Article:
Havermale Island, in the middle of the Spokane River, makes up much of the area of today’s Riverfront Park. For early settlers, it was an important site and refuge.
Rev. Samuel Havermale was a Methodist preacher and businessman. He was born in Maryland in 1824 and married Elizabeth Goldthrop in 1849. After many years in Ohio and Illinois, the couple accepted a transfer to Walla Walla, in the Washington Territory.
Havermale rode through the tiny settlement of Spokan Falls in May 1875. He fell in love with the landscape and moved his family here, one of the first five white families in Spokane. He filed a homestead claim on 120 acres that included the islands in the middle of the Spokane River, where he intended to live.
Since the U.S. Army had defeated several hundred Indians at Four Lakes, near Cheney, in 1858, and then slaughtered the horses of local tribes, the settlers were mostly left alone. But in the spring of 1877, there was a rumor that the Nez Perce Tribe was preparing for battle.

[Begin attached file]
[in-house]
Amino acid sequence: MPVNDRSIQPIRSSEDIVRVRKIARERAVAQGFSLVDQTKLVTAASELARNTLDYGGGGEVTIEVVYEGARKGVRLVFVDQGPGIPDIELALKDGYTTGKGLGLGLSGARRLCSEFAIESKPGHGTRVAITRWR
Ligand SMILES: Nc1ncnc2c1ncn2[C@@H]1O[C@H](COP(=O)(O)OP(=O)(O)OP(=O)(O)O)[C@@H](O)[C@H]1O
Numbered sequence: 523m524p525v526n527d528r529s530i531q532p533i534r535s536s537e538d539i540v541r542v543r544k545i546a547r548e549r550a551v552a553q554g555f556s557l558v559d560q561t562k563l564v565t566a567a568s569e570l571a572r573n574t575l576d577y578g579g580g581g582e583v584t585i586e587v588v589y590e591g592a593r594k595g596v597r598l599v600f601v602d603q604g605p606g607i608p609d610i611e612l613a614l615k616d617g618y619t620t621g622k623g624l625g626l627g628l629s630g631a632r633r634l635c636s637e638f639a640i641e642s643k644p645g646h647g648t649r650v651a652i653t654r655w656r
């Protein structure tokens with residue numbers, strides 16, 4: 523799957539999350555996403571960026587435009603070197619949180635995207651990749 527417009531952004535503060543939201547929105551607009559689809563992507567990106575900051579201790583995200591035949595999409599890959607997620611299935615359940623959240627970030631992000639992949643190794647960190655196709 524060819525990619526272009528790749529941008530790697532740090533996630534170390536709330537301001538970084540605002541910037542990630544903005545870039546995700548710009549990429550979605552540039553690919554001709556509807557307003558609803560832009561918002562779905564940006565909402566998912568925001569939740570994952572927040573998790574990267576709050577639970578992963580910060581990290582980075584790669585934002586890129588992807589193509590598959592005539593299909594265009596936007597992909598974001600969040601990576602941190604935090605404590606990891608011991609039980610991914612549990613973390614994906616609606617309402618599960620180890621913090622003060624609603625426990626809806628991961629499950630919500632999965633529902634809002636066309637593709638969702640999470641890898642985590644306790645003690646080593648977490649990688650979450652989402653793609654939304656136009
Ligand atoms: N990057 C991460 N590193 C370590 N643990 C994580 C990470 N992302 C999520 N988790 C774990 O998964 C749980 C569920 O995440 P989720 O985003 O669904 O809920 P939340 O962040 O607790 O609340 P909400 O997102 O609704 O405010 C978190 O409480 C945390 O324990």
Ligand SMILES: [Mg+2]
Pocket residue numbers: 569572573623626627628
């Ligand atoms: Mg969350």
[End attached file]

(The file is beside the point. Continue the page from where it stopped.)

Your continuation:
So the Spokane areas settlers fell back to Havermale’s island, where a single wooden bridge was the only access.
No direct attack ever came.
After the scare faded, Havermale built Spokane’s first Methodist church in 1879 and preached there for a couple of years, then left the pulpit and built a successful flour mill. Havermale was on the first city council in 1881.
Havermale sold land to the Great Northern railroad, which opened the Great Northern Depot there in 1902. Other land became warehouses, factories and garages from the time of the first railroad tracks until all was removed for Expo ’74.
Havermale died in 1904.
But even before the world’s fair transformation, rail use was declining and industry was moving away from downtown Spokane.
A new Travelodge was built in 1959. In 1964, a new YMCA facility opened nearby.
The motel was torn down to clear the space for the U.S. Pavilion at Expo ’74. The YMCA was torn down in 2011.
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